• Rob Hornberger

Province approves additional funding for new K-12 school in Kingsville

Construction could begin next week, board says
The province has set aside $59 million for the Jasperson Drive school, shown in an architectural image provided by the Greater Essex County District School Board.

KINGSVILLE — The Ministry of Education has increased funding for the new Kingsville K-12 school and construction could begin as early as next week.

When plans for the new school were announced in 2016 the estimated cost was $44 million. In a news release issued Tuesday, the province announced it had upped the funding to $59 million.

“Certainly costs have risen for everything, from structural steel to the cost of labour and the ministry has recognized that and provided us with more funds to build the school properly,” said Scott Scantlebury, spokesman for the Greater Essex County District School Board.

He said that without the increased funding the board was looking at cuts to the original plan.

The school will be about 200,000 square feet and will house close to 1,800 elementary and secondary students.

Fortis Construction has been awarded the contract.

Kingsville school trustee Julia Burgess said the board had known “a while ago” that increases in funding were coming but had to keep silent until the province was ready to make Tuesday’s announcement.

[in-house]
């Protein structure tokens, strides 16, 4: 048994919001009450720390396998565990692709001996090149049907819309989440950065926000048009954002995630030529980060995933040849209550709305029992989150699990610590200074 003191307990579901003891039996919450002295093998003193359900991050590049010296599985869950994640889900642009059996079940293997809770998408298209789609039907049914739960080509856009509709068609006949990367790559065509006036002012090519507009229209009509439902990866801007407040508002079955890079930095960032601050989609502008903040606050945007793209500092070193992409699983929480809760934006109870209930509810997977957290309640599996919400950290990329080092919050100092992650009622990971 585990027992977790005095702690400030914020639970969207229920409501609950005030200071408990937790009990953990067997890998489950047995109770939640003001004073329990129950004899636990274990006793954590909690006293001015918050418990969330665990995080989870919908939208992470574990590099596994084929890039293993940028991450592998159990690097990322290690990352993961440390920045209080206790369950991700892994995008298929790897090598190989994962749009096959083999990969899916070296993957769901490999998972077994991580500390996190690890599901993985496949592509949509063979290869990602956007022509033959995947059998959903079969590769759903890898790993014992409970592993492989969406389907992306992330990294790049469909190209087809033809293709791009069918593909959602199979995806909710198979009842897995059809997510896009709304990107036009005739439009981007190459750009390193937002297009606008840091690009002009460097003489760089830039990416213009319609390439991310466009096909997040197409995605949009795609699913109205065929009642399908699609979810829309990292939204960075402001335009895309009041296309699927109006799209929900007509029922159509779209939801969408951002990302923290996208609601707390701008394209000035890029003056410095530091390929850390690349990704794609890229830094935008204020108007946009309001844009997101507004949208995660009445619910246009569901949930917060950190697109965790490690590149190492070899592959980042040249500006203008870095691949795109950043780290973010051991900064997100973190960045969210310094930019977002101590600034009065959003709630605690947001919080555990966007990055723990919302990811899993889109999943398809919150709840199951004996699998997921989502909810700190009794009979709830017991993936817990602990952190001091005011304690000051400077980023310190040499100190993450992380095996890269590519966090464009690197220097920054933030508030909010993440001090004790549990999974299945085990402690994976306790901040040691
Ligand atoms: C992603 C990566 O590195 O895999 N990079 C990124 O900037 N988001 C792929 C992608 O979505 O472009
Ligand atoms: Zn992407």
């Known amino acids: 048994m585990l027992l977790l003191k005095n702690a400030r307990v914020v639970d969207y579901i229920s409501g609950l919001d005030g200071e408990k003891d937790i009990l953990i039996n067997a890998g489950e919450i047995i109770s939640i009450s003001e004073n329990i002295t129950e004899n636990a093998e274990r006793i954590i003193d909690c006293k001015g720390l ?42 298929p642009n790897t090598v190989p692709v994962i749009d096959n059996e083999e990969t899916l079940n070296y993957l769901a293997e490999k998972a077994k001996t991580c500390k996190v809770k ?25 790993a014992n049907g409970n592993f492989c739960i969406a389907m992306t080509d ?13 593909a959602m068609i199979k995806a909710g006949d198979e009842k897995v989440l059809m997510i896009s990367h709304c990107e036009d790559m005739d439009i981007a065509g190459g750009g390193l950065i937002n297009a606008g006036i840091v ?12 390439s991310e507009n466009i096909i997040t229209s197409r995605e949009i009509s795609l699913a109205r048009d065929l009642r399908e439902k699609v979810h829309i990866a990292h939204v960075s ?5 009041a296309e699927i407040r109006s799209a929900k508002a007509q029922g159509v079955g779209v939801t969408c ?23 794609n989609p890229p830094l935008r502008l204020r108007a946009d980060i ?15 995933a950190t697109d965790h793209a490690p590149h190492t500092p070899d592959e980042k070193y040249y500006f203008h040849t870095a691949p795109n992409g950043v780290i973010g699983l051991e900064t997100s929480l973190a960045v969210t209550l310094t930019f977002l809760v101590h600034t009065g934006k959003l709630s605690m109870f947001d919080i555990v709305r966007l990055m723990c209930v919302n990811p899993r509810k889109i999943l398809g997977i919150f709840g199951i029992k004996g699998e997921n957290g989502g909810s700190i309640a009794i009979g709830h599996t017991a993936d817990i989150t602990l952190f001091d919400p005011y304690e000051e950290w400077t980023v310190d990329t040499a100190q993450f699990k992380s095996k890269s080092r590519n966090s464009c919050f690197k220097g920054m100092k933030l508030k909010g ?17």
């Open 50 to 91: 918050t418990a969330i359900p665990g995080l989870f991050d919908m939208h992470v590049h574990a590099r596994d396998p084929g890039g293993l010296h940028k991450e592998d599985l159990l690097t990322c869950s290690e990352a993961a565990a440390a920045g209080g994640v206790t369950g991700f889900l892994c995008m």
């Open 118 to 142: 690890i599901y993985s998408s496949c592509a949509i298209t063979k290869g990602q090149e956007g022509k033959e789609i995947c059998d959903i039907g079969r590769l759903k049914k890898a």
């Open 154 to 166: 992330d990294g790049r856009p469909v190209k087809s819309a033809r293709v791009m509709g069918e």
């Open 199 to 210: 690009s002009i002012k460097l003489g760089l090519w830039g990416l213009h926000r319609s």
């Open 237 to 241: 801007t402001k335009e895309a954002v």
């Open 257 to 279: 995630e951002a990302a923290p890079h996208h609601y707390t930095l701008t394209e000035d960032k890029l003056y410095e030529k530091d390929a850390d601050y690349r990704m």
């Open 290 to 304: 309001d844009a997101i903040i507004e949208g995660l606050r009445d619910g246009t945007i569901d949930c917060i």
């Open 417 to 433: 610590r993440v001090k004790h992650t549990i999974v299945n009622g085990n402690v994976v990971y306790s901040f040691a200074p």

“We had to sit on it which was very annoying when people are getting upset (in Kingsville),” she said.

Kingsville council, at the urging of Deputy Mayor Gord Queen, had made requests to the board on the status of the school and when construction would start. The most recent request was last week. No additional information was made available -- until Tuesday.

“It’s definitely positive for the community that it’s actually going ahead,” Queen said.

“We did not want to compromise the design by cutting things.”

He said the town’s request for more information was based on the knowledge that other school projects, approved by the board at the same time as the Kingsville school, have been completed.

“(The ministry announcement) brings a sense of calm to the community … when you have a provincial election coming up. Who knows what will happen after the election,” Queen said.

Burgess said the board was in constant communication with the ministry over the need for more funding. She said the board did not want to pare back plans for the school because of inadequate funding.

“We did not want to compromise the design by cutting things,” Burgess said.

“There is only one way to deliver an item. We did not want to put out a tender with a compromised design.”

Scantlebury said the tentative opening date for the school is September 2024. Construction equipment could be on the Jasperson Drive site next week.

Definite time frames for construction and completion of the new school are important for the Town of Kingsville since it wants to purchase the site of the existing high school — and possibly Kingsville Public School — to build affordable housing.

“As a town councillor I’m anxious that we’re able to purchase the high school and Kingsville Public and implement some innovative and exciting ideas for affordable housing,” said Coun. Laura Lucier.

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